Playing Not to Lose Bites Browns Again

By Adam Bennett, @HFSCleveland

Josh McCown winces in pain during the Browns' 34-20 loss to the Cardinals in Cleveland on Sunday. (NEOMG Photo)

Josh McCown winces in pain during the Browns’ 34-20 loss to the Cardinals in Cleveland on Sunday. (NEOMG Photo)

CLEVELAND — So there the Browns were, after forcing another Arizona turnover, up 20-7 with the ball and 1:20 on the clock in the 2nd quarter. They were deep in their own territory, but they’d also moved the ball up and down the field at will in the first half.

The 2-5 Browns had a chance to score again and put even more pressure on the Cardinals heading into halftime. Plus, the Browns got the ball to start the 3rd quarter. The offense was clicking, Josh McCown was in rhythm, and there was a real chance to take a three-possession lead into the locker room.

What did head coach Mike Pettine elect to do? Play not to lose, of course.

Taking a page out of the Pat Shurmur Game Management Handbook, Pettine elected to run the ball three times, forcing the Cardinals to burn their timeouts. The Browns went 3-and-out, the Cardinals got the ball back, they marched into Browns territory, kicked a field goal, and all of the sudden what could have been a 21-point lead evaporated into a 10-point advantage at the half.

Mike Pettine walks off the field after losing the 10th of his last 12 games as Browns coach. (AP Photo)

Mike Pettine walks off the field after losing the 10th of his last 12 games as Browns coach. (AP Photo)

You know the rest of the story.

The Browns went 3-and-out to start the second half, the Cardinals took over and immediately scored a touchdown, and the game was really over at that point.

When you’re 2-5, what exactly do you have to lose? Well, not really anything, but Pettine continues to coach like a man scared of it. The game was lost when he sat on the ball at the end of the half. It sucked all of the momentum out of the stadium, and gift-wrapped it straight to the Cardinals. It was a clear signal to his players – especially on offense – that no matter how well they’d played, Pettine didn’t trust them to do it again. He’d rather take the safe route, even sacrificing more points, than trust in his guys.

Now you know why the Browns are 2-6. The offense didn’t score from that point forward. Coincidence? Nah. Not at all.

Bruce Arians - the man who wanted to be Browns coach - severely outcoached Mike Pettine on Sunday (USA TODAY Photo)

Bruce Arians – the man who wanted to be Browns coach – severely outcoached Mike Pettine on Sunday (USA TODAY Photo)

The Browns are at a dangerous point, not only in the season, but in Jimmy Haslam’s ownership. Media members and fans alike are calling for the team to “blow things up” once again. In reality, that’s about the last thing that any fan who’s been loyal to this franchise wants to hear. Cleveland has “blown it up” time-in and time-out, only to yield the same disappointing results over and over again.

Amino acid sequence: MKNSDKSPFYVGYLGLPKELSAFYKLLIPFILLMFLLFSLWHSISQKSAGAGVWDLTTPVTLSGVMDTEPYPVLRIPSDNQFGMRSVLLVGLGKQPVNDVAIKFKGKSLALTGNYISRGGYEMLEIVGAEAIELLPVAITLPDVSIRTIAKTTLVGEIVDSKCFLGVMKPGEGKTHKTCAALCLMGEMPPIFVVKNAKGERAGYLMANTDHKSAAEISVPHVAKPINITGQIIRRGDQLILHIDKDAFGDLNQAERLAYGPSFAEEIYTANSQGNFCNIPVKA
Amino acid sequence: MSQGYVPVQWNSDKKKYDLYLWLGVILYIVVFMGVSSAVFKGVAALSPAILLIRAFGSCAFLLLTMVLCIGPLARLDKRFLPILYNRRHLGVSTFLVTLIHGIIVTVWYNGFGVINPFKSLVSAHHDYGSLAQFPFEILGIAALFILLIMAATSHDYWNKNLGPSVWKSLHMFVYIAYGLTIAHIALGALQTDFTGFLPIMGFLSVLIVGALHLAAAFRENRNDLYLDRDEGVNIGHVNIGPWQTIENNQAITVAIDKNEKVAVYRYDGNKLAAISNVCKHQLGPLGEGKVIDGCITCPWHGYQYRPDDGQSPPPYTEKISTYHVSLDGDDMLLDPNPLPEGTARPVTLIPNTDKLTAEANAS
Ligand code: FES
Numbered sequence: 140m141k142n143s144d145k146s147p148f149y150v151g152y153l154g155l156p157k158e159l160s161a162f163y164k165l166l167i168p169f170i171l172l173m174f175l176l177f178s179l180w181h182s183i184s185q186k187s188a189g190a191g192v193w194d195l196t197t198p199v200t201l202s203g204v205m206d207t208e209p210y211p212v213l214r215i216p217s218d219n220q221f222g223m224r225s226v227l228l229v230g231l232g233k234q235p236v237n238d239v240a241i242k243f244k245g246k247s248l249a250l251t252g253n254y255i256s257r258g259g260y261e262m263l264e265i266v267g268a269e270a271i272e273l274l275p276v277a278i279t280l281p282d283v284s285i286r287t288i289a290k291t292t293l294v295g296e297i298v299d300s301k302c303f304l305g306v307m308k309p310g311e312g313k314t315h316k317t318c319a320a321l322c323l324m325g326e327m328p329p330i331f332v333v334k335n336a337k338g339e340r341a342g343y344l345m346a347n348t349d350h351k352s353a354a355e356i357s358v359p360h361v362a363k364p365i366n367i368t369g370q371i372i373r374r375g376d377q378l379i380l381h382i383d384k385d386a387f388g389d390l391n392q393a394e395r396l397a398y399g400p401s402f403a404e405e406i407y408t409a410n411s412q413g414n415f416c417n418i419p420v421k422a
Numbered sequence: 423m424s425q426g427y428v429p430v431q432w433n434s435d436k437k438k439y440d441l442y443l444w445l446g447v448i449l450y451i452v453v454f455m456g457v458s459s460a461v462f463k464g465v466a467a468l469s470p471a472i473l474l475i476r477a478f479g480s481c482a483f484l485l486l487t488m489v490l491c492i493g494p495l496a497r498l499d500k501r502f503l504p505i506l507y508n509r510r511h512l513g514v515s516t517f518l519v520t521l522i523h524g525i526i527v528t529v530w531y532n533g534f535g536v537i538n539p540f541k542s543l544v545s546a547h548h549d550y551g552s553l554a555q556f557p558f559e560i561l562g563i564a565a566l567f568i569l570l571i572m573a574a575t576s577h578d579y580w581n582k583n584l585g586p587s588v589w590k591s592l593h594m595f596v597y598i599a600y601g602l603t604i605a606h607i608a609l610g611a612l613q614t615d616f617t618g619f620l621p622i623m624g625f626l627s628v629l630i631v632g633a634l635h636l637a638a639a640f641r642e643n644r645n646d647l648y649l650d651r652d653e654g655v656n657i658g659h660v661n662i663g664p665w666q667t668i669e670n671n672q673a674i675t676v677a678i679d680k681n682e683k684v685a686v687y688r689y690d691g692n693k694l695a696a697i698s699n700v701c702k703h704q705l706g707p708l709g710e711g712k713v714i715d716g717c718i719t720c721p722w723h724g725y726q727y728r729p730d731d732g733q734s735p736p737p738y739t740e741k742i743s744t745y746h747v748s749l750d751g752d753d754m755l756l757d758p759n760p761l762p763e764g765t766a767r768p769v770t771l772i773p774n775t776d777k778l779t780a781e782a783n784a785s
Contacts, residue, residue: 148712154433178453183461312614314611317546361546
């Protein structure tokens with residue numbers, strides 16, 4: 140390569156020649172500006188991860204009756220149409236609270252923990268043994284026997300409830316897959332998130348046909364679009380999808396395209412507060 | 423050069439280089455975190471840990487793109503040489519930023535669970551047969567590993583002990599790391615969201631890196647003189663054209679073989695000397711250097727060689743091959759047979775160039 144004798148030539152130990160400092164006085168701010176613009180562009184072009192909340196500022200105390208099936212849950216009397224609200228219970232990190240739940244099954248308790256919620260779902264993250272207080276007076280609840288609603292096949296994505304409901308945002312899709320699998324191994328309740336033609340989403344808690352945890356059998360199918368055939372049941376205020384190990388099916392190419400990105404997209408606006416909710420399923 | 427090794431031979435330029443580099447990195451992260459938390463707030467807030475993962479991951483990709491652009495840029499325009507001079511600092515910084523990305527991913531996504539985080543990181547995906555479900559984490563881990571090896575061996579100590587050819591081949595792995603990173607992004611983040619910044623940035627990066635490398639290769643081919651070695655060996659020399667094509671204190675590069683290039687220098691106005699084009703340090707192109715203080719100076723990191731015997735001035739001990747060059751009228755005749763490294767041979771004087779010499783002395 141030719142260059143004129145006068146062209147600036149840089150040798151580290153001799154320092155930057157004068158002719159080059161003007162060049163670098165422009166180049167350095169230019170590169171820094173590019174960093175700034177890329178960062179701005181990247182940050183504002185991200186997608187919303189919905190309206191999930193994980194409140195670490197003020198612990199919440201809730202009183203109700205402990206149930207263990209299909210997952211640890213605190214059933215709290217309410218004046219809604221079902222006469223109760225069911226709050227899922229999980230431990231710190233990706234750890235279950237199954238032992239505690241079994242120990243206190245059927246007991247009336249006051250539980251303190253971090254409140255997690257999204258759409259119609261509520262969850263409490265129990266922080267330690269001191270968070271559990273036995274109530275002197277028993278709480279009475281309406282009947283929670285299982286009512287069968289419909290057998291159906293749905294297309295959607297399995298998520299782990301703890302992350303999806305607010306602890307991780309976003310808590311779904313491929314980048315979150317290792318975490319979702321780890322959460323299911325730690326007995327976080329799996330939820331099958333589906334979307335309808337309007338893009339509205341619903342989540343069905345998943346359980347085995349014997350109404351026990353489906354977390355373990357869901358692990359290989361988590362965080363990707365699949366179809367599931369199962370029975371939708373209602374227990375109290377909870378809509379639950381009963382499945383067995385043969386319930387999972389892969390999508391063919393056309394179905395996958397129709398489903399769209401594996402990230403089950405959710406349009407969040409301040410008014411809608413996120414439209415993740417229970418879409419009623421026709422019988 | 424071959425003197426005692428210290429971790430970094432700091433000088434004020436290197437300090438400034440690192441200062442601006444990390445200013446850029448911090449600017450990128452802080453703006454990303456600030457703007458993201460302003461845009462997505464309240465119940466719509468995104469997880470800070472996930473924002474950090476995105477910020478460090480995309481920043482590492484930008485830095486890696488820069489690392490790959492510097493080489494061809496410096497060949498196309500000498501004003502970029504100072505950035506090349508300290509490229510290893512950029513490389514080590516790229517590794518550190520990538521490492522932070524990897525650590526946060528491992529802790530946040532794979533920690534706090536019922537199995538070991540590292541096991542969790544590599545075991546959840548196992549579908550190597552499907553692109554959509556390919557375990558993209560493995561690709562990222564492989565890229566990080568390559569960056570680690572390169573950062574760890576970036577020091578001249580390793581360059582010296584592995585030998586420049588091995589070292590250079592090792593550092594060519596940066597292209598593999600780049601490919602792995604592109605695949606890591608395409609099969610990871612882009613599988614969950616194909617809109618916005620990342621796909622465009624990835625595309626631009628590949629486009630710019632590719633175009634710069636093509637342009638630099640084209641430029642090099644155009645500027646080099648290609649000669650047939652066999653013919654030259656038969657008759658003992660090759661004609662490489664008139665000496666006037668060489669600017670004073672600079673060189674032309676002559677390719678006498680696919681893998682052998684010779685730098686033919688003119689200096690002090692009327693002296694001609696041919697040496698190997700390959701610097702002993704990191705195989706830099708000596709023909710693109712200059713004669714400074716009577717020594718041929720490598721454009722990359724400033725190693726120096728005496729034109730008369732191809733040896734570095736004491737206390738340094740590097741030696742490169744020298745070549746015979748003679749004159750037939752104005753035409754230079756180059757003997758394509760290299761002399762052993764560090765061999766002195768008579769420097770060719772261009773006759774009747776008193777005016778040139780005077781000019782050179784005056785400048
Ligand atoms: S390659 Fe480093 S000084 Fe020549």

That said, anyone with a football pulse understands that Ray Farmer isn’t the long-term answer at general manager. The Browns have more cap space than just about any team in the league, Farmer has had two offseasons to fill the roster with capable talent, and yet Cleveland has one of the most undermanned rosters in the NFL. He tried to get way too cute, both in the draft and free agency, and it bombed. Big time. $9 million guaranteed to Dwayne Bowe? That was smart. Justin Gilbert, Johnny Manziel, Danny Shelton and Cam Erving with your four first round picks in the last two years? Good luck selling that one when you’re trying to get another job.

The same knowledgeable fans also understand that Pettine has failed to change the culture. This is a team that’s been playing not to lose for years. Quite frankly, it doesn’t matter that “we’re close,” in Pettine’s words. We were close in Shurmur’s two years here. We were even closer in Eric Mangini’s final season, when we beat New Orleans and New England in successive games and took a significant step forward. We were close in 2007, when Romeo Crennel went 10-6 and was fired just a year later. We’ve led the league in “being close” since 1999.

There are those who argue that Pettine has done all he can with a roster devoid of talent. I’d agree with that, to an extent. But I’d also ask the following question: What area of the Browns has improved from the time that he came here to now? If we’re being honest, the defense has significantly worsened, our offensive line has played poorly, we’re not generating any kind of a pass rush, and our run offense is the worst in the league. We’re passing the ball better. But that’s about it.

Why is this a critical juncture in Haslam’s ownership? The majority of the fan base is already tired and fed up with both Farmer and Pettine. In fact, in our twitter poll conducted last night and voted on by more than 500 fans, nearly 9-in-10 want Farmer fired, and more than 7-and-10 concede that Pettine isn’t the answer as our head coach.

What’s worse is the Browns have a team president that has dramatically raised ticket prices, only to make loyal, deserving fans watch one of the most boring products in the NFL. Several people contend that this is one of the worst periods ever for Browns fans, including local media member Bruce Drennan, who contends that in his 30+ years in Cleveland, this is “by far the worst time to be a Cleveland Browns fan.”

The league’s most loyal and passionate fan base deserves better. And if the team has to “blow it up” again to give them that, so be it.




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